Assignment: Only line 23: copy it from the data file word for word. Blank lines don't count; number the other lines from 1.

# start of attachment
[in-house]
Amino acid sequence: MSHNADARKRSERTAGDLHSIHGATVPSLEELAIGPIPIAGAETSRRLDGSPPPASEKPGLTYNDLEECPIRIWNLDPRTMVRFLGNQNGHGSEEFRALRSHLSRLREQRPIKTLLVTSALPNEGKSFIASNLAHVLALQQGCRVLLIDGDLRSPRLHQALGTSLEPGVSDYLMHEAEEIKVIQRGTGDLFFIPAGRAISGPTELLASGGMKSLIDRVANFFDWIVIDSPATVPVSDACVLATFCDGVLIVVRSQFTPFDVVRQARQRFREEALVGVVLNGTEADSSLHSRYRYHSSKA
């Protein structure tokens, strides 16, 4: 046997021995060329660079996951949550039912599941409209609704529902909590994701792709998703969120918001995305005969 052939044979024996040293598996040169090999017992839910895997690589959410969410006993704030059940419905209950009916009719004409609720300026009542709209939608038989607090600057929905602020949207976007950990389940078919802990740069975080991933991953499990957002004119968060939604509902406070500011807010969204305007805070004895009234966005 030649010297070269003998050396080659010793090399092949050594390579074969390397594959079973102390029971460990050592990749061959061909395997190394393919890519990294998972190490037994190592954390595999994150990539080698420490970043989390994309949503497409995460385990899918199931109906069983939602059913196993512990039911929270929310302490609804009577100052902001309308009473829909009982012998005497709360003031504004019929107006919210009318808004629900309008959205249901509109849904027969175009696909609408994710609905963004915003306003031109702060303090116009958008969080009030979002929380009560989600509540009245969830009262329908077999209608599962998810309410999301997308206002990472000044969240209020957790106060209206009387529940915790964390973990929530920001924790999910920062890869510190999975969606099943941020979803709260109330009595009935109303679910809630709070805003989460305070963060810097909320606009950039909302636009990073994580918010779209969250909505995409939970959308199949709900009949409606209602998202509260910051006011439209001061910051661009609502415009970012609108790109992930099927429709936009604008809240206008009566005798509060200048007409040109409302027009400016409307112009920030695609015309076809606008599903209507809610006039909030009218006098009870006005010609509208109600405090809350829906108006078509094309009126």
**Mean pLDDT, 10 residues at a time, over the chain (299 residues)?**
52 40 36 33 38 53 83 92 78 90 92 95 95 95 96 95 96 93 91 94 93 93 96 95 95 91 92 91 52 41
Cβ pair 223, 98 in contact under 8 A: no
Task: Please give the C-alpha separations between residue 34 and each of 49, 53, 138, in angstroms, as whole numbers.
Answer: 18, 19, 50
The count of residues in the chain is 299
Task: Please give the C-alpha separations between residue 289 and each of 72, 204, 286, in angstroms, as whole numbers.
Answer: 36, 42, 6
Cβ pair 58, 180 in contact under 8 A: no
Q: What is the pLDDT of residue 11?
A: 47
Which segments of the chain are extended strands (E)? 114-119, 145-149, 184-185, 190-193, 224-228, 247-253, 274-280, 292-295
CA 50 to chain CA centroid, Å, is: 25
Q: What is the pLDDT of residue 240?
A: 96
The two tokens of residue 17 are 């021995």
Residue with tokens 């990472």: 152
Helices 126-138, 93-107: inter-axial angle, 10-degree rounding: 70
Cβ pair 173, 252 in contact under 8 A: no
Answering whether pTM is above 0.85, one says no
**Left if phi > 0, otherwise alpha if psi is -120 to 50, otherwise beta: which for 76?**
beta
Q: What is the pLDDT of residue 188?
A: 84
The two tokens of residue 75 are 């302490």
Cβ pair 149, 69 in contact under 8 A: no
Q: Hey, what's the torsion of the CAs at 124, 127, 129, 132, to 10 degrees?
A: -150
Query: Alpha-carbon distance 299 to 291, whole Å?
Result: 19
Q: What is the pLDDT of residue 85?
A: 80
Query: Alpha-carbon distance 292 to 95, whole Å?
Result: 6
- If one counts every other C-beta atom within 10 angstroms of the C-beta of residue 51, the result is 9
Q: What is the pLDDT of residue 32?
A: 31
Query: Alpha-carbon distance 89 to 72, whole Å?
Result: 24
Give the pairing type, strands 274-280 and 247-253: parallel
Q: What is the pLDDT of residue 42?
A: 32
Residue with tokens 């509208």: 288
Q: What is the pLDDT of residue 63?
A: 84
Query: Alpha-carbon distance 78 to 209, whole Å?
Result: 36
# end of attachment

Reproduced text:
Answering whether pTM is above 0.85, one says no